En décembre 2020 le Conseil de Sécurité a pour la nième fois adopté la stratégie pour la consolidation de la paix et la prévention et le règlement des conflits dans la région des Grands Lacs. Une stratégie qui s’articule autour des trois piliers, à savoir : a) la paix, la sécurité et la justice; b) le développement durable et la prospérité partagée; c) la résilience face aux problèmes anciens et nouveaux[1].

Ces stratégies que le Conseil de Sécurité ne cesse de rappeler n’ont jamais été mises en application et n’amènent donc pas la tranquillité au simple citoyen des pays de la région des Grands Lacs d’Afrique car dans le monde globalisé d’aujourd’hui les intérêts économiques priment sur les droits fondamentaux de l’homme.

Ainsi par exemple, en 2010, l’ONU a publié un rapport cartographié documentant les violations les plus graves des droits de l’homme et du droit international humanitaire commises sur le territoire de la RDC entre mars 1993 et ??juin 2003[2].

Dans ce rapport, l’Alliance des forces démocratiques pour la libération du Congo (AFDL) appuyée par le Rwanda a été identifiée comme l’auteur de plusieurs crimes. Face à ces accusations, les hauts fonctionnaires du Rwanda ont consacré du temps, de l’énergie et des efforts à se défendre auprès de la communauté internationale contre les allégations d’implication dans le conflit en RDC. Malgré ces efforts de défense, la réputation du Rwanda en tant qu’instigateur du conflit et exploitant illicitement des minerais dans l’est de la RDC restera toujours la source de méfiance, surtout entre le peuple congolais et le peuple rwandais mais aussi au niveau des relations entre le Rwanda et la RDC jusqu’à ce que ces accusations ne soient éclaircies une fois pour toutes.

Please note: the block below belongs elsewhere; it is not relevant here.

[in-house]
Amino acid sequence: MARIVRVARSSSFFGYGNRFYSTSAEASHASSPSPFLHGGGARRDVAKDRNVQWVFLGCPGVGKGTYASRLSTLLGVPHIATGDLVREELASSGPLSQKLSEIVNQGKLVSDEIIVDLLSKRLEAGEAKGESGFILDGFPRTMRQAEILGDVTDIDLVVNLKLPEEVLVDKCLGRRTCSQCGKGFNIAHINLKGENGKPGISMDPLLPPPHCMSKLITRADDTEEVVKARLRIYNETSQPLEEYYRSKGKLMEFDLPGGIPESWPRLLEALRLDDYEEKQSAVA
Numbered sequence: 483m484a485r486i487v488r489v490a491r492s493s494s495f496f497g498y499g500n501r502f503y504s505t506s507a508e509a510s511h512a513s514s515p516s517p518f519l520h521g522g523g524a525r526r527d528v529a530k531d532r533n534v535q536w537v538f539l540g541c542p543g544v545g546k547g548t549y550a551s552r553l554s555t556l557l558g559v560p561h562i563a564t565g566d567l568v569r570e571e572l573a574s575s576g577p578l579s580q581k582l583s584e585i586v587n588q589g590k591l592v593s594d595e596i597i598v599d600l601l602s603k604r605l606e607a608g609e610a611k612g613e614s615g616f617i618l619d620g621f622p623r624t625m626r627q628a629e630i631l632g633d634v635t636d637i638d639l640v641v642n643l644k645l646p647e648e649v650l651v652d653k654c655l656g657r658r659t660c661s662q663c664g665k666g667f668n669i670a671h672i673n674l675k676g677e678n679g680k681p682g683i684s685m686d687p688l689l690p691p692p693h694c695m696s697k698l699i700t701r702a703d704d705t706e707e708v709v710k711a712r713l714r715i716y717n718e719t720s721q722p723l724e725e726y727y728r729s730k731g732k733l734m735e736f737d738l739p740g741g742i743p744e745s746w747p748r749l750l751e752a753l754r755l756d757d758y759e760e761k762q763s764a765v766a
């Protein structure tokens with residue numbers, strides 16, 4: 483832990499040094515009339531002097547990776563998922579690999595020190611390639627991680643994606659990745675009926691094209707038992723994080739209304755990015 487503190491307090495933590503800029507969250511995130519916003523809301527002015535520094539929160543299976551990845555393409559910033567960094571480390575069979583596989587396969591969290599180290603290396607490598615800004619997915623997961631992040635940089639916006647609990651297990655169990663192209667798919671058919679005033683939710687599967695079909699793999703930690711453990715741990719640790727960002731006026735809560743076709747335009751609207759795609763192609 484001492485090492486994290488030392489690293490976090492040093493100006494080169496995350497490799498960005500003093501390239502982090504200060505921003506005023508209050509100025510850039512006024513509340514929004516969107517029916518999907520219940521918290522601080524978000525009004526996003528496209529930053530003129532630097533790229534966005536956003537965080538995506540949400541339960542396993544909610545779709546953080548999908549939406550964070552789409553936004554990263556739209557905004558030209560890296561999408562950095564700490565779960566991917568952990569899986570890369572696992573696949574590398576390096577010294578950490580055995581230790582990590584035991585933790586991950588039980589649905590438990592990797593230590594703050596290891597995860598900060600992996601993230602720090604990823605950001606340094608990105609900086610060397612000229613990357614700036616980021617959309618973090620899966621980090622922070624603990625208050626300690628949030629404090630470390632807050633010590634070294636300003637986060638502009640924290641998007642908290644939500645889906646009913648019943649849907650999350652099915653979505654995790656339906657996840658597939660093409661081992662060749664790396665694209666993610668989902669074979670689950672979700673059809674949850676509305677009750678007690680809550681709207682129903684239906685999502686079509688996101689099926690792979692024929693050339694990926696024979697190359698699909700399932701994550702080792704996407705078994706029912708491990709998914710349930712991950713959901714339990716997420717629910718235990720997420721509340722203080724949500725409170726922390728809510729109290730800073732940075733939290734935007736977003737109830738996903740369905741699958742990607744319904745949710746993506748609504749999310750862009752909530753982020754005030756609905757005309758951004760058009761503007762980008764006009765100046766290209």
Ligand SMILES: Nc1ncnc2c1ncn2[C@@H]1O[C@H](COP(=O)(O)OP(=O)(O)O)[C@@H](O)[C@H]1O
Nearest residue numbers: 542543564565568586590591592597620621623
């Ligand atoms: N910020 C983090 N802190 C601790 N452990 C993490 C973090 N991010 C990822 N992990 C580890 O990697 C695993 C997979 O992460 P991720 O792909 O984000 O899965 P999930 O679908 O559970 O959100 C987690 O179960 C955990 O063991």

A part ces conflits ouverts en RDC, il y a aussi des conflits latents entre le Rwanda et ses autres voisins. En 2015, les relations entre le Rwanda et le Burundi se sont également détériorées. Le Burundi a accusé le Rwanda d’avoir orchestré un coup d’état manqué; tandis que les autorités rwandaises accusent son voisin du sud d’abriter les rebelles qui veulent renverser son pouvoir. La frontière entre le Rwanda et le Burundi a été fermée pendant longtemps.

En 2018, des problèmes sont survenus entre le Rwanda et l’Ouganda. Le Rwanda se plaignait que l’Ouganda arrêtait des Rwandais vivant en Ouganda et que ces Rwandais sont torturés ou subissent des traitements cruels, inhumains et dégradants. Les autorités rwandaises accusent aussi l’Ouganda de soutenir les groupes rebelles qui tentent de renverser le pouvoir en place au Rwanda. La frontière entre le Rwanda et l’Ouganda ont également été fermés pendant plusieurs mois.